By: Cora Brent



I still can’t stand remembering that fucking fire.

Since that night seven years ago I’ve visited a variety of hellholes.

I’ve seen things much more horrific than a burning building.

The memory of that night tears me up anyway.

Every single time.

It was the noise that jolted me awake, a choir of damn sirens that penetrated the haze of sleep and hard liquor. Instinctively, my hand stretched out to touch my wife but there was nothing there. That’s because earlier I’d taken my bottle and my misery to the couch instead of the bed where she slept.

“Oh my god,” she said as she stepped into view. In the chalky moonlight I saw that she was wearing the stretched out gray t-shirt I always used to yank over my head after senior year football practice.

Cecily didn’t glance my way. Instead she went straight to the front window and peeled back the papery shade like she was afraid. The sirens grew louder, closer.

I rubbed my eyes and sat up, trying to get my bearings. I hadn’t a clue what time it was, how long I’d been passed out. We’d fought earlier, I remembered that. I’d gotten in just after midnight, intending to crawl into bed beside her, but things went sour. That happened a lot lately.

“You should know better!”

“Fuck you for saying that.”

So I left her alone in there, shutting the curtain that separated the closet-sized bedroom from the rest of the apartment and planted myself on the ancient sofa in the tiny living room. Before I sat down I grabbed a whiskey bottle. It belonged to my father but he wouldn’t notice it was gone and even if he did he wouldn’t ask me about it. Over the last week I’d been slowly draining it, one shot at a time.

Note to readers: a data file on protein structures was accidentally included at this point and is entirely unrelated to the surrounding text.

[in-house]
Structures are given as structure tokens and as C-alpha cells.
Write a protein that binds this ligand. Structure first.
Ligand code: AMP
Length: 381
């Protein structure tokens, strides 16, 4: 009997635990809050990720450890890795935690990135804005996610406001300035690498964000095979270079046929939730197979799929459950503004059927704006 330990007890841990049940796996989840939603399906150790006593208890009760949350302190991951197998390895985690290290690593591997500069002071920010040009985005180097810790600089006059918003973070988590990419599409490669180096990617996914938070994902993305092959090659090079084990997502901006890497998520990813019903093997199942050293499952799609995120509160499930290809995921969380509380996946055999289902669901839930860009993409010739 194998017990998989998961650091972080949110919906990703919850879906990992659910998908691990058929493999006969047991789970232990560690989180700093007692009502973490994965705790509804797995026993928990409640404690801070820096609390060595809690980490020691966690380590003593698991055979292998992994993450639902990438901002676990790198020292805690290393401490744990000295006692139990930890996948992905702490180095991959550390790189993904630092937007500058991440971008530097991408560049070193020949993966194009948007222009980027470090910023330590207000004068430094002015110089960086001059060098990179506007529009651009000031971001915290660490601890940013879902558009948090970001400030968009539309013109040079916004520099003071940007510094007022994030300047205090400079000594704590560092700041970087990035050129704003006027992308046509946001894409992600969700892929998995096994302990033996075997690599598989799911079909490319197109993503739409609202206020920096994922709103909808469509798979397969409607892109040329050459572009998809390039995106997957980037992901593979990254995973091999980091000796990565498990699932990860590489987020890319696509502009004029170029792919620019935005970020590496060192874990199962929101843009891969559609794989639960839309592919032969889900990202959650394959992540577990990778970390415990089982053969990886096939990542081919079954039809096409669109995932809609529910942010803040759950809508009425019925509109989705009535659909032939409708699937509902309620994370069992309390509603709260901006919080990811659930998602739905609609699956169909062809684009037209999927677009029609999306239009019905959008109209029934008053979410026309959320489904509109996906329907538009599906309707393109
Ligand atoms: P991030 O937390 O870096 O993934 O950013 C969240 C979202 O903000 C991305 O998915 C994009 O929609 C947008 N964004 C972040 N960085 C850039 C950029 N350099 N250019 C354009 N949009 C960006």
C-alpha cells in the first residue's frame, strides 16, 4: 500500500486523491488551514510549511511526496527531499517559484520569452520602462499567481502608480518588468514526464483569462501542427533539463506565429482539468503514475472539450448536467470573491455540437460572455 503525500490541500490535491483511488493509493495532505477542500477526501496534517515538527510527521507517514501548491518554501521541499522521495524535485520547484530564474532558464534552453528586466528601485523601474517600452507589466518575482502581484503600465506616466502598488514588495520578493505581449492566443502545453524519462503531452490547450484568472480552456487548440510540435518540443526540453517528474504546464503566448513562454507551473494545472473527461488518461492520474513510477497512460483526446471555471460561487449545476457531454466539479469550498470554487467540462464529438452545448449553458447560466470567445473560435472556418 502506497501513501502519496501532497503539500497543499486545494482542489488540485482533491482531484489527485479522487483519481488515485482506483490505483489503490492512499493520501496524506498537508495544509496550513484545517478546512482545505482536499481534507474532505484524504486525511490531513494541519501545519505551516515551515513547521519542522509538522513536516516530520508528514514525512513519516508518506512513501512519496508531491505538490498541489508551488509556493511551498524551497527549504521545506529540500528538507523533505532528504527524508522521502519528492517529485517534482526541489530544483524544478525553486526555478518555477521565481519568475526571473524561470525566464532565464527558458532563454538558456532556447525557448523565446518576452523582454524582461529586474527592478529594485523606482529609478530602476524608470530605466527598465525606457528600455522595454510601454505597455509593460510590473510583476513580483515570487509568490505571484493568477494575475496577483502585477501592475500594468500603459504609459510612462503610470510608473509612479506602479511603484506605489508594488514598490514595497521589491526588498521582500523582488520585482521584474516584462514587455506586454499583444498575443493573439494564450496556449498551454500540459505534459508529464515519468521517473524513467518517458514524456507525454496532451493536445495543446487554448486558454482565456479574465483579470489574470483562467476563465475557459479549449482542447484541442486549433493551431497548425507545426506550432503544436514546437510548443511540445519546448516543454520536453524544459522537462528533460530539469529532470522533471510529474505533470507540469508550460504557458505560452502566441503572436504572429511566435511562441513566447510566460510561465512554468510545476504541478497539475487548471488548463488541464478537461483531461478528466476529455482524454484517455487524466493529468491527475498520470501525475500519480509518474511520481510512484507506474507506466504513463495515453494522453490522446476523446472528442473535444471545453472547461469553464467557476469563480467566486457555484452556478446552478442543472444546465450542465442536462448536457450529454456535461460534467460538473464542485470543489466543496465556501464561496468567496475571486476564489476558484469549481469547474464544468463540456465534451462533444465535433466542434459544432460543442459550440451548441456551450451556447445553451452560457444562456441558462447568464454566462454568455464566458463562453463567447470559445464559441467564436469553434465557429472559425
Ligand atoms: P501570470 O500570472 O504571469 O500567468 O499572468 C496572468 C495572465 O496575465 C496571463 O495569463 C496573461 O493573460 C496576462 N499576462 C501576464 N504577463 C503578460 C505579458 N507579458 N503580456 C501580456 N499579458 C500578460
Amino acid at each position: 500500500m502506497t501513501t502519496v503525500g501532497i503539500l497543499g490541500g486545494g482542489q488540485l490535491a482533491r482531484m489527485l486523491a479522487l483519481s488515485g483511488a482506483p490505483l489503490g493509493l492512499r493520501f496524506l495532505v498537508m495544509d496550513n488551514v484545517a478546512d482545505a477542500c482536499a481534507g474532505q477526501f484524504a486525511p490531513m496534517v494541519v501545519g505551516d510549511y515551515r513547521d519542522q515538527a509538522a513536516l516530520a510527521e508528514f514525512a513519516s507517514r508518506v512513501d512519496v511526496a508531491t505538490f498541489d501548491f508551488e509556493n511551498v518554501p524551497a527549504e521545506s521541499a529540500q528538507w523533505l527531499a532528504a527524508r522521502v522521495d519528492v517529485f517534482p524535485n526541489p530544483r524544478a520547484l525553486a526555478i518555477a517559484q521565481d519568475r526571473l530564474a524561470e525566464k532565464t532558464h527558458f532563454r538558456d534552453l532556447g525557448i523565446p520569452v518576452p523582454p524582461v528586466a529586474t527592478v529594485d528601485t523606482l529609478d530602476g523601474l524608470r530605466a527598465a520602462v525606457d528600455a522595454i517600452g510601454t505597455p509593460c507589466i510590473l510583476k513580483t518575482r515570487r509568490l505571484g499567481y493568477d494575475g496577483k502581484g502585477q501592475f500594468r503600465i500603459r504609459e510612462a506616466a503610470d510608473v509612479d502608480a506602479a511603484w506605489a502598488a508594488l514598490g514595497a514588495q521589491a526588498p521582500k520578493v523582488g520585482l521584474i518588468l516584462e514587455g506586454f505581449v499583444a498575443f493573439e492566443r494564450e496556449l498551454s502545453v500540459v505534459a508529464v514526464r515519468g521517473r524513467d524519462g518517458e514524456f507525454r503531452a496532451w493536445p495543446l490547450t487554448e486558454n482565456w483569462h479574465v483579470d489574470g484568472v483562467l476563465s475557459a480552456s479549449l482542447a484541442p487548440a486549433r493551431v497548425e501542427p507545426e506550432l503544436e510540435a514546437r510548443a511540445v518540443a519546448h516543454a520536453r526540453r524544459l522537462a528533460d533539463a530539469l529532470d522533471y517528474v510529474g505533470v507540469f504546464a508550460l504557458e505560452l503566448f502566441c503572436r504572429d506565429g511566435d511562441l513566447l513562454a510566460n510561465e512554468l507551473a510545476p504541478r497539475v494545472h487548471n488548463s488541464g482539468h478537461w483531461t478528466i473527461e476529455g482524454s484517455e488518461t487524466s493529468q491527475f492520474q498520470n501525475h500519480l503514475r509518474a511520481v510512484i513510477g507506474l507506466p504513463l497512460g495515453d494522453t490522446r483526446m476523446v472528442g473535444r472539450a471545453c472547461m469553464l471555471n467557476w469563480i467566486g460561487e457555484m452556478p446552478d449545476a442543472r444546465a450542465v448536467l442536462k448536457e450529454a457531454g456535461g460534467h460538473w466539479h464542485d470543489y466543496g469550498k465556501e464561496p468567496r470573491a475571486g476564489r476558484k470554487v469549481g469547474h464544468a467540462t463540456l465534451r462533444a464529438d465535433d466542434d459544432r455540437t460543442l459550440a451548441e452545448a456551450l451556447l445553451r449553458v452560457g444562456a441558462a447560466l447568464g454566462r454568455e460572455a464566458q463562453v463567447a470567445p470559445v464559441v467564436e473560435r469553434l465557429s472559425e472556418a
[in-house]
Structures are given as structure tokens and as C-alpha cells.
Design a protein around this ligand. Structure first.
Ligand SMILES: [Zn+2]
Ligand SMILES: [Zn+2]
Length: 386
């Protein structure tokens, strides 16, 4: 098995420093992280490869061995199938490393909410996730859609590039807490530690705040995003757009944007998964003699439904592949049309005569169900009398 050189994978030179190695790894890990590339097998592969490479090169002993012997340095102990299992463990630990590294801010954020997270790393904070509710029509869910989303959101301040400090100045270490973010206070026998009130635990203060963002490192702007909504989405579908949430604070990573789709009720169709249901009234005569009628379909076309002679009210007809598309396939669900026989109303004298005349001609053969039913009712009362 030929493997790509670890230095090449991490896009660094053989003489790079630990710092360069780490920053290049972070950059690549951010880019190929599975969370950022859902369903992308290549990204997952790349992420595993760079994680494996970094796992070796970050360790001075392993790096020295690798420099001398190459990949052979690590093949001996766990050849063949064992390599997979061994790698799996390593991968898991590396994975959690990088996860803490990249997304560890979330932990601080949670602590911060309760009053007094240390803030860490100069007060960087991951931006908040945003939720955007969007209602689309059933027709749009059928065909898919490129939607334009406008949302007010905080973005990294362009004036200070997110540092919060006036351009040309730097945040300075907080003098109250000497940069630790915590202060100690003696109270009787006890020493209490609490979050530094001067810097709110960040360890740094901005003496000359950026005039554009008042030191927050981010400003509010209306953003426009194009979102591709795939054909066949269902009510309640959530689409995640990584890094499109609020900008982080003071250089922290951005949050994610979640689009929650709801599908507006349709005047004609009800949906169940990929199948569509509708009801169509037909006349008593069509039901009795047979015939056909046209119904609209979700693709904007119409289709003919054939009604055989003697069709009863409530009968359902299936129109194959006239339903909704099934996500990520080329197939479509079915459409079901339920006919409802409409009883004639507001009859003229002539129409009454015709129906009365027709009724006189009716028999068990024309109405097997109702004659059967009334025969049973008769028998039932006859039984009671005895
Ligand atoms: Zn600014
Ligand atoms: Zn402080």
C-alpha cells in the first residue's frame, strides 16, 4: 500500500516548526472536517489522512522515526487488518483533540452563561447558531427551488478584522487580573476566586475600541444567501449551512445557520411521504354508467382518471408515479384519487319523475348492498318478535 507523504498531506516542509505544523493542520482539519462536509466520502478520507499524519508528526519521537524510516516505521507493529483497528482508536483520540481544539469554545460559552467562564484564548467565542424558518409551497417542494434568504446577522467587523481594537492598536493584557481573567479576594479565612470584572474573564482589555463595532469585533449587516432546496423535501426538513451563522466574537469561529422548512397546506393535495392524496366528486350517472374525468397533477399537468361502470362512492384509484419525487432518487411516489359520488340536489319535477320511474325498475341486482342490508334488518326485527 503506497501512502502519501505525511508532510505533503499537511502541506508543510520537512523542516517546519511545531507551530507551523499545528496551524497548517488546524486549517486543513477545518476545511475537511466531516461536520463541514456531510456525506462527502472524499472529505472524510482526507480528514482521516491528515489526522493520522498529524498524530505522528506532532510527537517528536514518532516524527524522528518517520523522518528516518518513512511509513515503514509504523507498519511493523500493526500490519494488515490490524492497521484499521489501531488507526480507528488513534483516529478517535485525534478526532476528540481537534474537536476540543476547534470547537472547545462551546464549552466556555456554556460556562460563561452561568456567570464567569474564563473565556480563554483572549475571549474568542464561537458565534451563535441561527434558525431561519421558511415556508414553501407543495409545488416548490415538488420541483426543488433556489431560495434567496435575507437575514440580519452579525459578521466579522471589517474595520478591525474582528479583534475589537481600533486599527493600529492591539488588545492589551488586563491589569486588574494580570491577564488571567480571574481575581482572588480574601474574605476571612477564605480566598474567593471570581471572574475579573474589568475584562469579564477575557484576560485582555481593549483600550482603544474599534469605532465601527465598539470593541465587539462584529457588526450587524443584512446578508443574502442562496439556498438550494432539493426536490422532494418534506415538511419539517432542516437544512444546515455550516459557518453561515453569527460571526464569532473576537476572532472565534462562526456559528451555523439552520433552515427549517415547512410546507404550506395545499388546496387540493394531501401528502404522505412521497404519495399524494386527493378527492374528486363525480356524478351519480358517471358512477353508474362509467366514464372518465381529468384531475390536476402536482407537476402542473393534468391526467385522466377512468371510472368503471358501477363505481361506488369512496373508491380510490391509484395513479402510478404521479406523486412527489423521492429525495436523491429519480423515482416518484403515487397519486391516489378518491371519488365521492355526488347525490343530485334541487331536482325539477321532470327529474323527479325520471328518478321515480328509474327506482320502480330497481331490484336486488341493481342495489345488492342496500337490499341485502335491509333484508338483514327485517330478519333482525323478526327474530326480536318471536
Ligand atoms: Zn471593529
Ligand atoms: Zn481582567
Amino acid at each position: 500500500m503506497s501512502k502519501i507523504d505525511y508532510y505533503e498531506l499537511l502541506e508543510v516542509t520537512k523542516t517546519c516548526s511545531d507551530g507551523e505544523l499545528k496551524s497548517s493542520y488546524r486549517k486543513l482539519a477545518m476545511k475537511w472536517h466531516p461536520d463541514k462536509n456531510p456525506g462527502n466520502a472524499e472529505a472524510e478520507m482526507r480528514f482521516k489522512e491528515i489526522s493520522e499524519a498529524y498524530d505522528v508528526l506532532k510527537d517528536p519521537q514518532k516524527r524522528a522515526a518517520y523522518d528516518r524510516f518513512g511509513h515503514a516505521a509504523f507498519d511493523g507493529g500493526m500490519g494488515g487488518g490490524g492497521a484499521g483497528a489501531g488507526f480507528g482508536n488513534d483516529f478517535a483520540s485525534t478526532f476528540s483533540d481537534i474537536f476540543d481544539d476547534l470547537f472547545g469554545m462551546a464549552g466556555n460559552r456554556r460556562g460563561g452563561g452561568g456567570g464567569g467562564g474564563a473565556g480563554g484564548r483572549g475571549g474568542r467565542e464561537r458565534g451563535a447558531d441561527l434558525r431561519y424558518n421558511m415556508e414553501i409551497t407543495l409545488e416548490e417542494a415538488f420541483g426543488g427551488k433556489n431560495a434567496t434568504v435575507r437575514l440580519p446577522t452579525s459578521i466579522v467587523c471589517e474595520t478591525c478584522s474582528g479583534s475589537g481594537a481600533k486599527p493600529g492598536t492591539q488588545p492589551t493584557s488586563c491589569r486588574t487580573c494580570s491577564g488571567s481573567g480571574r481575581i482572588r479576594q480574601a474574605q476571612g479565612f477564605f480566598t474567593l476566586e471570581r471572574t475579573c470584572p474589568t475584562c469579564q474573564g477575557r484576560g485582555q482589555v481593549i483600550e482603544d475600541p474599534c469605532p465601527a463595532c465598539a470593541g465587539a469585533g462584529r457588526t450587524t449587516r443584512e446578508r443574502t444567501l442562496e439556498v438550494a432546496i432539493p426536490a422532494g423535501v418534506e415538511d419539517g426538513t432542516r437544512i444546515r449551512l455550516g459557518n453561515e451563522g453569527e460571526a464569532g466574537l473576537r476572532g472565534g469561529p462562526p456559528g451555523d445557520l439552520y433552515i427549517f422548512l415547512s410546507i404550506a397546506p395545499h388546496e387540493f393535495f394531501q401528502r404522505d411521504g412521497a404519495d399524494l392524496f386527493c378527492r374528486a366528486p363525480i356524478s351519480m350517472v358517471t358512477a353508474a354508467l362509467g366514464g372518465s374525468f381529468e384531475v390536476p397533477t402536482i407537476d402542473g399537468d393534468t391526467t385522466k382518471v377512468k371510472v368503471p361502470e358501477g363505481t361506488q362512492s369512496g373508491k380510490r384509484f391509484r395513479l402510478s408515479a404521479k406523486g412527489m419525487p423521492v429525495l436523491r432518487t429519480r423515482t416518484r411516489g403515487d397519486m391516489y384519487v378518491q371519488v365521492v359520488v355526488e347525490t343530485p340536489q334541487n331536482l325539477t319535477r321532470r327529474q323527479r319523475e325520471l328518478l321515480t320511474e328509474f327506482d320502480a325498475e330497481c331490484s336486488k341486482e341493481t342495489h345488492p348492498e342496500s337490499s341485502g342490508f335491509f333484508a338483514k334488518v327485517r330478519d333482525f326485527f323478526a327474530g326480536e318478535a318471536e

As I brooded alone in the darkness I didn’t bother with a stupid shot glass. I swallowed scorching mouthfuls until my vision started to blur. When I woke up there was a lot of noise and my young bride was staring fearfully at something out the window.

“What is it?” I croaked.

My throat was as dry as desert sand. The only thing in arm’s reach was the nearly empty bottle. I seized it and let a few drops of liquid fire roll over my tongue as sirens shrieked from all directions. The commotion surrounded us; a hysterical sound that warned something terrible was about to happen.

Or, more likely, that something terrible had already happened.

“There’s a fire,” Cecily said.

She still wasn’t looking at me. Somehow it seemed like she hadn’t really looked at me in days. I missed the way she used to look at me constantly, how the awe and shy happiness in her eyes made me feel like I could wrestle a fucking bear to the dirt if she was cheering me on. It hadn’t been that long ago, not really. And it was already damn near untouchable.

When I joined her at the window she didn’t move aside when our shoulders touched. I felt a shiver roll through her and I was tempted to wrap my arms around her body to keep her warm.

Then I saw it, the fire. I flicked the shade open all the way and stared at the chaotic scene visible on the horizon.

Cecily moved away and opened the door to the area we always jokingly referred to as ‘the balcony’. The small square of space scarcely fit two standing adults and led to a rickety, steep staircase that stretched to the ground. My mother used to come up here all the time to the unfinished apartment over the garage where she’d play her old violin for hours on end. And then my older brother Caden hung out here a lot during his stormy final months, stomping up the steps and warning me not to follow after his latest screaming match with my parents. But I didn’t like to think about those days. Or the ones after it.

When I trailed Cecily outside I accidentally kicked an empty clay pot down the stairs. I didn’t give a shit. I was too transfixed by the sight in front of me.

The huge fire roared just beyond the northern border of town. At first glance it looked like a war zone. But wars never visited dying Ohio towns, at least not the kind of wars anyone wrote about or featured in movies.

Our wars were quieter, waged mostly on one another.

“It’s the factory,” I said. “The factory is burning.”

It was true. The sprawling, old structure that was a recognizable landmark for miles was being rapidly engulfed. For seven decades the tile factory had thrived on the outskirts of Hickeyville, Ohio. The doors had shut for good five years ago and ever since then the town had been bleeding people like it was one big leaking wound. The factory itself remained; a ghostly, slowly crumbling reminder on the edge of town.

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